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Wachukuaji wengine?

Discussion in 'Jukwaa la Siasa' started by BAK, Jun 3, 2008.

  1. BAK

    BAK JF-Expert Member

    #1
    Jun 3, 2008
    Joined: Feb 11, 2007
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    Japanese investors expected `very soon`...

    2008-06-02 09:12:10
    By Lusekelo Philemon

    Tanzania will ``very soon`` witness the influx of Japanese investors in sectors like agriculture, infrastructure, minerals, science and technology, Foreign Affairs and International Cooperation minister Bernard Membe has said.

    Briefing journalists in Dar es Salaam yesterday, the minister said Japan announced at the just-ended fourth Tokyo International Conference on African Development (TICAD) in Yokohama that it would double its assistance to Africa in general and Tanzania in particular.

    He explained that the key areas Japanese investors are eyeing include agriculture, chiefly the production of fertilisers using raw materials available in Tanzania.

    The move would help arrest the skyrocketing of the world market price of fertilizers, he noted.

    ``Price hikes have been negatively affecting farmers in sub-Saharan Africa who heavily rely on imported fertilisers because locally produced varieties have failed to meet the county�s demand,`` stated Membe.

    He added that Tanzania was endowed with all the raw materials that could be used in producing fertilisers ``which could meet the country`s demand and enable the production of a surplus for sale in neighbouring countries at a reasonable price if heavily invested``.

    Citing examples, Membe said there were abundant deposits of phosphate at Minjingu and Ammonia, a by-product of gas, at Mnazi Bay and Mtwara in southern Tanzania.

    ``These are excellent raw materials that fertiliser manufacturers need,`` he stated, adding that overhead irrigation and quality seeds of agricultural produce were yet other areas the Japanese private sector were interested in.

    ``The idea is to increase food production in Tanzania and elsewhere in Africa. The Japanese have already shown immense interest in investing in large-scale paddy farming,`` elaborated the minister.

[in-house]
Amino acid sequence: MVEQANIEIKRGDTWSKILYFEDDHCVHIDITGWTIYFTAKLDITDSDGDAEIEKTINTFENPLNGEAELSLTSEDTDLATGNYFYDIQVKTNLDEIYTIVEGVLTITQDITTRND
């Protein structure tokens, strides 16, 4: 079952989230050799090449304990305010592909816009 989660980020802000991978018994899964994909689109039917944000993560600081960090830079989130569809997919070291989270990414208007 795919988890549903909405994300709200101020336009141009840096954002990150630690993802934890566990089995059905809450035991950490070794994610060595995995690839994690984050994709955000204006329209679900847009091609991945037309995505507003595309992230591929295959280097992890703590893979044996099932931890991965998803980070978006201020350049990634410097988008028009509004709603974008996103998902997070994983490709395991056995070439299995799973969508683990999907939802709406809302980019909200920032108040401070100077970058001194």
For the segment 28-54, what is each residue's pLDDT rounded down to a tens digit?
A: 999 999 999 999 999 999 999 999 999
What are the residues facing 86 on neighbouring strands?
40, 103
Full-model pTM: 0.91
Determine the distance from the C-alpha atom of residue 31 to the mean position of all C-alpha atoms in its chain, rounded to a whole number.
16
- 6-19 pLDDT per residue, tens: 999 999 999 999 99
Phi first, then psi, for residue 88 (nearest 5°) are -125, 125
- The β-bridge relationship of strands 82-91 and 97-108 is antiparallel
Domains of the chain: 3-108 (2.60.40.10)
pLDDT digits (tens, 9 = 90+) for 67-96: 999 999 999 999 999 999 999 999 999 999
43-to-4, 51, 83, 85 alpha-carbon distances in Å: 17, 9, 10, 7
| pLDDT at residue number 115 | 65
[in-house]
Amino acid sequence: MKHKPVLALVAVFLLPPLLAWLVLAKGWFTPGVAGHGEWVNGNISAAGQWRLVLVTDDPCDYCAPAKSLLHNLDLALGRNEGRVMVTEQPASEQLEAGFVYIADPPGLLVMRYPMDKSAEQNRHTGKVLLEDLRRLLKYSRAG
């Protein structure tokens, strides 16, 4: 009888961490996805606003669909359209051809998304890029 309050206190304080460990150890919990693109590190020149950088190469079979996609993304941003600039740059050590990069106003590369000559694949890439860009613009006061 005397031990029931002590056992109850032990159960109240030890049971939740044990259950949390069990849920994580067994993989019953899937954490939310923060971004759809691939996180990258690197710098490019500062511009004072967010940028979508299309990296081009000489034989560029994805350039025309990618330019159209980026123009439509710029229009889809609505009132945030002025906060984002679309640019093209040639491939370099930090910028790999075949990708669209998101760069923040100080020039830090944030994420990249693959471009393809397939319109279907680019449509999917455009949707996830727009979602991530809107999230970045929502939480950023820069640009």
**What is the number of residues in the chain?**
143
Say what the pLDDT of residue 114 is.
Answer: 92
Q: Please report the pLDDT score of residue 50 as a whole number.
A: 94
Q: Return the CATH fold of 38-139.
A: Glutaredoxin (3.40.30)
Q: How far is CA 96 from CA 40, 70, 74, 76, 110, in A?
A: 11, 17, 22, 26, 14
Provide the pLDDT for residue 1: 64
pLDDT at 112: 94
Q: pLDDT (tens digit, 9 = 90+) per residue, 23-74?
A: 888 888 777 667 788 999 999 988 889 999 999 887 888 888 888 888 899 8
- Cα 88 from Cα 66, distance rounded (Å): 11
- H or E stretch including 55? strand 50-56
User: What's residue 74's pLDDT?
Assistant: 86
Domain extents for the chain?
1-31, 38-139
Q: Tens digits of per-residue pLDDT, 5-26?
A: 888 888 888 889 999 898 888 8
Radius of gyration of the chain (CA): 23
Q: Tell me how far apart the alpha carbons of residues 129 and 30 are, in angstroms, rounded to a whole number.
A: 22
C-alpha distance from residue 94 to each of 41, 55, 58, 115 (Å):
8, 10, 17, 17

He explained that Japan has pledged to direct more assistance into paddy farming to help double rice production to an annual 28 million tonnes by 2018.

    Turning to the development of science and technology, Membe said Japanese investors have promised to invest in prospecting for precious metals like nickel, cobalt and iron for use in the manufacture of electronics.

    Cobalt is widely used in super-alloys in the production of jet engines, chemicals, magnets and cemented carbides for cutting tools.

    Major cobalt producing countries include the Democratic Republic of Congo, Zambia, Canada, Cuba, Australia and Russia.

    ``The Japanese have also shown interest in improving road and railways networks, rehabilitating ports and establishing new ports in Tanzania,`` the minister pointed out.

    ``They have also expressed readiness to work on the Oysterbay Substation electricity project in Dar es Salaam and to finance Bagamoyo Road expansion project work from the Kawawa Road junction right to Mpiji,`` he added.

    Japan has further pledged to offer training opportunities for 100,000 health experts from African countries alongside building 5,500 classrooms in 1,000 primary schools and offering training opportunities for mathematics and science teachers across the continent.

    The Yokohama summit also saw Japan come up with $10bn in assistance for a so-called Cool Earth Partnership meant to deal with issues related to climate change � and a further $10m to support Africa on relief food.